HEC Preview: Pools 3 & 4

Pool 3: Leinster, Ooooooohhh Bath, Glasgow, Montpellier

Pedigree: Significant.  Leinster have won two out of the last three, and Bath won the Cup way back when in 1998.  Montpellier are taking their bow in the tournament, and Glasgow traditionally make up the numbers, but have provided the odd scalp.

Preview: When the pools were drawn, this looked an exceptionally kind draw for Leinster.  As European champions, they’ll be looking to put up a staunch defence of their Cup.  But history has shown the difficulty of retaining the trophy, and the departure of Nathan Hines and the deeply unfortunate injuries to Shaggy and Drico have made things a bit sticky.  Without those three, it’s hard to see Leinster being quite as powerful on all fronts as they were last season.  We expect them to be involved at the sharp end, but back-to-back Heinos may be a step beyond them.

Bath are a great old club in a magnificent town, but a pretty average team, despite the press banging on like a stuck record about the “running game” they last played in the 1990s.  The club is still in the process of rebuilding after the drug scandals in 2008, and the fact that Matt Banahan is their go-to guy says a lot.  Stephen Donald arrives fresh from a bizarre ascendance to hero status in Kiwiland and should give them a bit of solidity at 10, but they don’t appear to have the sort of gnarled pack that can deliver wins on the road.

Glasgow won’t threaten the knockout stages, and will be content to register a couple of home wins.  The news yesterday that Richie Gray is bound for Sale (!) in June is further indication of the sad state of Scottish rugby.

Montpellier are exactly the sort of French team that throws a Gallic shrug at the Heino and decides to concentrate on the South of France Drop Goal and Scrummaging Competition for the winter months.  They’ve won just twice in the Top 14 this season, but with their inspirational backrows Ouedraogo and Gorgodze back in harness, they will be far better than that suggests.  They open with Leinster at home.  Ideally, you would want to be going to the south of France in round five or six, when they’re out and no longer interested (see last year’s visit to Racing Metro), not in round one when the tournament still has novelty and they want to take a scalp for their fans.  It makes for an awkward opening tie for the holders.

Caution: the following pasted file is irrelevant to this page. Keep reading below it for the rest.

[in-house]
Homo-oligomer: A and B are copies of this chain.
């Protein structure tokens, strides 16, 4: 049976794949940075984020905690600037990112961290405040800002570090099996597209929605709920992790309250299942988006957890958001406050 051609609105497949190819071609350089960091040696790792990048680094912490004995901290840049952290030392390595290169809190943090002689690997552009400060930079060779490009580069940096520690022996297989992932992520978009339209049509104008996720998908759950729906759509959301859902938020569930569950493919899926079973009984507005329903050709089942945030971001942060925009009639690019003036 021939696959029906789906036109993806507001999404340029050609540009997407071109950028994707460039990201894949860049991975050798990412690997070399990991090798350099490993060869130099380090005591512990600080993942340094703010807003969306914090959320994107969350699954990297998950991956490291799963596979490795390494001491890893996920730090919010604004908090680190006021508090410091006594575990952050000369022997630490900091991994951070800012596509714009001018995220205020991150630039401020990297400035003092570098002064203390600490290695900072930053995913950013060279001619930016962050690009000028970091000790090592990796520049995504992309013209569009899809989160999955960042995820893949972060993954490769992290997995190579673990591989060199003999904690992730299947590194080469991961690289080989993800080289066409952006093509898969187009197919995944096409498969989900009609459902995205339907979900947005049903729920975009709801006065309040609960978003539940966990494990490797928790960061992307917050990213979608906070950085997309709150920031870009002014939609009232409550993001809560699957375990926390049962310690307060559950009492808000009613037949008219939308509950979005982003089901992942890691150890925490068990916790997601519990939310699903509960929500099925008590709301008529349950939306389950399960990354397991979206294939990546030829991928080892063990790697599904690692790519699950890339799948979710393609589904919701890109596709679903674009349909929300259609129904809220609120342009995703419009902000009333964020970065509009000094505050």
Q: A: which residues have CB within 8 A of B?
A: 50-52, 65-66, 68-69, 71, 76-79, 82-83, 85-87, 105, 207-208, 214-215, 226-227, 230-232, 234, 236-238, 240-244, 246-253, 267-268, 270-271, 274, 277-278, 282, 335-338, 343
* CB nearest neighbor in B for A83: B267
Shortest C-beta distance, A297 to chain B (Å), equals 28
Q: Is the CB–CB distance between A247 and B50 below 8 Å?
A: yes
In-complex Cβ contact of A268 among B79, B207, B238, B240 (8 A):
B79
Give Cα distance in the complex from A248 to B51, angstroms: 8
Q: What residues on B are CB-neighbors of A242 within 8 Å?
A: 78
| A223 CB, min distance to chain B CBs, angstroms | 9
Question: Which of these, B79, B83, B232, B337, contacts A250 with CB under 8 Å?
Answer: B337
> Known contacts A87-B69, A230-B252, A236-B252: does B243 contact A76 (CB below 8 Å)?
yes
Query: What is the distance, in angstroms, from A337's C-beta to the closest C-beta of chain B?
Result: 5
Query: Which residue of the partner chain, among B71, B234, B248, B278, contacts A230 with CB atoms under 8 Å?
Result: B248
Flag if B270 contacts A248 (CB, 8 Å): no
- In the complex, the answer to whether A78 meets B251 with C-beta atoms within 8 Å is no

Verdict: Leinster to win the pool, but not as comfortably as some suggest.  Bath second, but to miss out on Amlin qualification.

Pool 4: Leicester, Clermont Auvergne, Ulster, Aironi

Pedigree: Bags of it.  Leicester were champions in 2001 and 2002 and Ulster, as they love to remind everyone, won the Cup in 1999 – possibly before Munster did, but Egg Chaser is never the best on dates, so he can’t be sure.  Clermont have yet to make the impact their talent suggests they should.

Preview: Something of a pool of death, and one where the ‘As it Stands’ pool may be making a frequent appearance in the corner of the pool during Matchday 6.

Let’s get Aironi out of the way, shall we?  They haven’t improved their results from last year in the Rabo and will be on the end of six thrashings in this pool.  Done.

Each of the other three effectively starts with 10 points in the bag, and tries to climb their way to 20 or 21, which should get you through, as there’s a good chance of two teams qualifying from this one.  Don’t be surprised to see each of the Big Three win both home games against one another, in which case this will come down to who can secure those precious losing bonus points on the road.  Leinster and Munster can point to defeats in the Stade Marcel Michelin that felt like wins.  Can Ulster do the same?  It looks a year too early for them.  They have three outstanding forwards; Ferris, Best and Muller, and all must stay fit and at their peak.  Even with that trio they look one flanker short of really competing. If their pack managed to get quick, clean ball for their spritely backs, all bets are off, but they need 5 points from the first 2 weeks for starters.

Leicester are in the bottom half of the Premiership, and don’t look the force of yore.  They’ll always have a doughty spirit and a solid lineout, but with Ben Youngs set for an extended period on the sidelines, you feel they’ll plod rather than soar.  They’re usually good for a place in the knockout stages though, and Welford Road remains one of the toughest grounds in which to win.

Which brings us to the mighty Clermont.  This is their centenery year and they want silverware, after something of a victory lap last season.  Sivivatu has arrived to give them some real running threat, and they can mix and match David Skrela and Brock James at fly half.  Their pack is beastly.  They look the complete package, and can top this group.  Win at Ravenhill on Saturday and you can get your money out and bet on them to win the competition.

Verdict: Clermont to win the group, with Leicester to squeeze through as runners-up.

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1 Comment

  1. Actually quite nervous about Leinster this weekend actually, I think 1 to 15 on paper Leinster have the stronger team but Montpellier do have enough quality to make it a very difficult afternoon. However I would say that if Leinster win this game I think they'll be in the driving seat for a home quarter final. Regardless of himself, Horgan and Hines being missing from the team from the Cardiff XV if Leinster have real aspirations to be a top European side they can't use these injuries and personal losses as an excuse for poor performance. Regardless of BOD's absence the likes of Cullen, Heaslip, Jennings, Sexton and Nacewa should see Leinster do enough to cement a home quarter final come April.

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